There were over 5000 events in the Origins event guide. No idea how many of those actually happened or what the cancellation rate might’ve been. There were significant problems with the data that that populated the absolutely-useless mobile app that Origins promoted, and as a result, people relying on the app for their scheduling were often sent to the wrong place, or given the wrong time, or both, for their events.

Aerodrome always looks soooooo cool

This was not a problem we had.

We lost 2 events when one of our GMs had to return home for an emergency, and we had 2 other events with zero participants. Of the remaining 34 events, they all had at least 1 participant, and most had at least 2. Roughly half of our events had at least 1 walk-up player without an advance ticket, who joined in when the event started. One of the CPX’s had 4 walk-up players.

this is – no kidding – only one of several stacks like this, most of them taller

The idea of walk-up or drop-in players was not necessarily new this year, but the process was changed from past years. Previously, the badge for Origins got you in the door, and almost everything else had an additional cost to it, whether it was a per-ticket price for individual events, or a ribbon cost for all the events in a specific program, playing in the organized events had a cost. (Demos in the exhibit hall or open gaming tables never had a cost before). This year, Origins raised the price, but made the badges all-inclusive, which meant “no more event ticket costs”. This made it much easier for players to walk up to a table and sit down to play if there was space. And did they!

There were plenty of other games we saw when walking around. For example, there were a boat-load of variations on Dominion, fueled (at least in part) by the booth in the vendor hall with 10-foot stacks of Dominion expansions of all sorts. We also saw a good number of Terraforming Mars sessions on tables around the gaming hall. In the organized play areas, run either by companies or clubs, there were large sessions of Kings of War and the usual train gamers. Ottawa Red Shirts and Rogue Judges both had their usual big play areas set up, too.

We were boxed in by Battletech on one side, as well as the Heroes of Barcadia right across the aisle from us, and the Souvranti guys with their digital gaming platform were on the other side of our 2-foot curtain, giving us the side-eye all weekend. Cephelofair had a big play area in the vendor hall to show off Gloomhaven and Frostgrave. There was a “learn to play D&D area right outside the vendor hall, and old-timers were probably wondering “doesn’t everyone know how to play D&D already?” but it was consistently at least half-full all day long.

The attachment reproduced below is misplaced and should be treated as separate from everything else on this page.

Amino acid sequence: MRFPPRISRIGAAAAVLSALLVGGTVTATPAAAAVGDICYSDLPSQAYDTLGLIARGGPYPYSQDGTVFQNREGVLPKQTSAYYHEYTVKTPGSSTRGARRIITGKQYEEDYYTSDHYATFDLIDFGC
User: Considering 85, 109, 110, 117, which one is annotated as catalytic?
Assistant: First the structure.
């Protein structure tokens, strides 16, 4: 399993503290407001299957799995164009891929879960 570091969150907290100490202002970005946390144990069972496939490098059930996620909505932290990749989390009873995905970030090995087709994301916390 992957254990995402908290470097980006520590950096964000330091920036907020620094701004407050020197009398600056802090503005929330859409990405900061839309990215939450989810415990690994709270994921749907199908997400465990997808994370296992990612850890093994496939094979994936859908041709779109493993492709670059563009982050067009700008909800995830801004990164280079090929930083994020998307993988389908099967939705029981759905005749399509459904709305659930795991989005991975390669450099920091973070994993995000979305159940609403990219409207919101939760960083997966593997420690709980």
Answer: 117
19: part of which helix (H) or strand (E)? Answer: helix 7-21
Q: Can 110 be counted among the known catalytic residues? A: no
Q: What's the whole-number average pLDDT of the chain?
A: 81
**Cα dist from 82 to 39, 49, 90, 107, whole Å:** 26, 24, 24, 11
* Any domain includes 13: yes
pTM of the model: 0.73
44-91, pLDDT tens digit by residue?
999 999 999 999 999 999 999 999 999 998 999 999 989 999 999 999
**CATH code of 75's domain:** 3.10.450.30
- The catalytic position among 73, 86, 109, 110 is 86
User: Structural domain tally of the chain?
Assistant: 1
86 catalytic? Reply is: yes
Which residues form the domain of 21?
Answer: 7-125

Truthfully, there was a ton of gameplay that we never saw. The card-gamers were at the far end of the hall from where we were, and while it was usually busy, it was invisible to us as we never had the time to head over that way. Similarly, the RPG events over the hotel ballrooms might as well have been in Dayton, as we never saw them, passed them, or interacted with them.



Of course there were some lessons learned. Or re-learned. Or previously-identified-but-still-yet-unlearned2.

First of all, we need to do a better job of managing the schedule by table, rather than by GM. We had a few tight turnarounds because of the way the tables were scheduled. That one is completely on Brant, and he’s already been sent to bed without his porridge.

Of course there were some lessons learned. Or re-learned. Or previously-identified-but-still-yet-unlearned

Second, there’s room to improve the booth decor and signage. Although it’s better than it’s been in years past, there’s still room to get better, so we’re going to. We need better anchor/corner signs, and better on-table signs. The tablecloths were an improvement but could still get better. We need to schedule the “Wal Mart Greeter” role with the booth team. We need to better balance the mix of games for the publishers we’re supporting, as well as the length of time the games take. The publisher-driven tables should be running nearly-constantly for the time when they’re not in the exhibit hall, and close to it when they are, since that’s the best place to check out their games in action.

We need a better tie-in with the War College, which we normally have but slacked off on this year. With a full booth crew, we could have also incuded 3-5 War College talks with our group, but with our limited team, we couldn’t spare any man-hours to their program.

We need better bag control. Seriously. Our crap piles up everywhere, and we don’t even need 2/3 of the crap we’re carrying around with us all day3.

We need more wargame vendors in the exhibit hall.  We might not get the publishers to show up, but if Enterprise Games can clear out their very robust tables in 2-1/2 days as an official GMT rep that happens to stock some other games, there’s no reason someone couldn’t be the official Compass Game rep, or MMP rep, and sell plenty of their own games that are not on wide offer anywhere else in the exhibit hall.

Perhaps the biggest lesson learned is that if you put games on tables where people can see them, they’ll inevitably stop and talk to you about them. You get a chance to show off your games, make some new friends, bring some players into the hobby, and have a good time. And that’s what it’s all about4



Thank you for visiting The Armchair Dragoons and saddling up with the Regiment of Strategy Gaming.
You can find our regiment’s social media on Facebook, Twitter, and YouTube.  (We have an Instagram page and we never use it. )  We also have our Patreon, where you can support The Armchair Dragoons activities.
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  1. (hahahahahahaha)
  2. Yes, those too
  3. that’s one of the previously-identified-but-still-yet-unlearned lessons
  4. well, that and doing the hokey pokey and turning yourself about

Brant G

Editor-in-chief at Armchair Dragoons